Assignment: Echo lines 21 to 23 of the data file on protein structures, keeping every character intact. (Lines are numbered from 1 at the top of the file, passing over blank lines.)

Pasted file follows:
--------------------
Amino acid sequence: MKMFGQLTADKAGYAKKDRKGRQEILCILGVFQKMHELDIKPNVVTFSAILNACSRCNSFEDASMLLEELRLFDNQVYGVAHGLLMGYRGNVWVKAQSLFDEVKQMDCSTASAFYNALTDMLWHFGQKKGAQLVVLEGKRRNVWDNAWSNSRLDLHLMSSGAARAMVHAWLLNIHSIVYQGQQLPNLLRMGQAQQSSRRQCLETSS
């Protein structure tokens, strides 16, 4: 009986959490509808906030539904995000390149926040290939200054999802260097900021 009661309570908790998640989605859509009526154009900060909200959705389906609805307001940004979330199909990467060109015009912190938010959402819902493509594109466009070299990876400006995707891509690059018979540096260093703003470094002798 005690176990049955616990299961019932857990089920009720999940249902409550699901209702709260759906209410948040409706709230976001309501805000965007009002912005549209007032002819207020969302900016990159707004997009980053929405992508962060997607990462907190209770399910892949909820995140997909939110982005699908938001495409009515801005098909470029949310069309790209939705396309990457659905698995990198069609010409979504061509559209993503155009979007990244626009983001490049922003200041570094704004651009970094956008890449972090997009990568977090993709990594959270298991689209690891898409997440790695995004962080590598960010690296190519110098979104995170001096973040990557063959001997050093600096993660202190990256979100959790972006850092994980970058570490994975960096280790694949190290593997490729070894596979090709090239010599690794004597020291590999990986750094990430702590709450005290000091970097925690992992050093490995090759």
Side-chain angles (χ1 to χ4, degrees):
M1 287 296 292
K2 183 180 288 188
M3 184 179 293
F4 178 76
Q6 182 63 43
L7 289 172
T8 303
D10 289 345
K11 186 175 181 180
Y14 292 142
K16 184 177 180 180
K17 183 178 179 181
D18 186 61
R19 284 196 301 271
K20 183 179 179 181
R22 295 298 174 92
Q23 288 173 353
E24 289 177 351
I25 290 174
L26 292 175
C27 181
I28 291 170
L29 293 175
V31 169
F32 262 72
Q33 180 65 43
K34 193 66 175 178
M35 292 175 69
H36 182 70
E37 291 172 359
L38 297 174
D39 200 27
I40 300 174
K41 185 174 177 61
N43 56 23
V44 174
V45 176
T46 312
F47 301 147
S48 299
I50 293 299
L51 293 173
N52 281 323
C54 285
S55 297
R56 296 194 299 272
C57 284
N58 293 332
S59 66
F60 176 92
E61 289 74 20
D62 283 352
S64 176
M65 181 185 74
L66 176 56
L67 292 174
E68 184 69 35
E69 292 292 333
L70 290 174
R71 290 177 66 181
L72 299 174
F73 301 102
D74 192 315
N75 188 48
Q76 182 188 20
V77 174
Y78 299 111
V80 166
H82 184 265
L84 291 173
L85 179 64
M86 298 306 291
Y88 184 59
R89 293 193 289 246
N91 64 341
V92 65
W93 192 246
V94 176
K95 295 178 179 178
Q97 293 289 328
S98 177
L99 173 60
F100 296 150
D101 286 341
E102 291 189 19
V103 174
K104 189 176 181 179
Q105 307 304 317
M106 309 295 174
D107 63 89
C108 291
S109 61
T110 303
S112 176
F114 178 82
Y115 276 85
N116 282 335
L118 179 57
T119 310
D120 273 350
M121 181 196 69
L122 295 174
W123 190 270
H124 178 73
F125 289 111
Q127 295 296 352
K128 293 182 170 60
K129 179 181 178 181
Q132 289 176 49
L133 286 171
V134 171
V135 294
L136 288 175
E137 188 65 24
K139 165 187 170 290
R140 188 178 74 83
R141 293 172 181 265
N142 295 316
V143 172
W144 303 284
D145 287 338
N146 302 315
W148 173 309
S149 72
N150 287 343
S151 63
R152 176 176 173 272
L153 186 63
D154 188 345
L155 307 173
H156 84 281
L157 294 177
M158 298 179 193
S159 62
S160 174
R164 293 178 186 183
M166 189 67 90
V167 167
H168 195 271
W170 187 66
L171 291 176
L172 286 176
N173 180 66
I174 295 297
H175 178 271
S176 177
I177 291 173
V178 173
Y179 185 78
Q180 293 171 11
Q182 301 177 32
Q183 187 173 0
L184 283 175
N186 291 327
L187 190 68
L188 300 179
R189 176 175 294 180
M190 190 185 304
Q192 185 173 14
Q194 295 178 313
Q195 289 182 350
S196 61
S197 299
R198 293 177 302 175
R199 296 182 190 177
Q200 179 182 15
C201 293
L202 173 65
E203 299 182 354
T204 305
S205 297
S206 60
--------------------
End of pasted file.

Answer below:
E24 289 177 351
I25 290 174
L26 292 175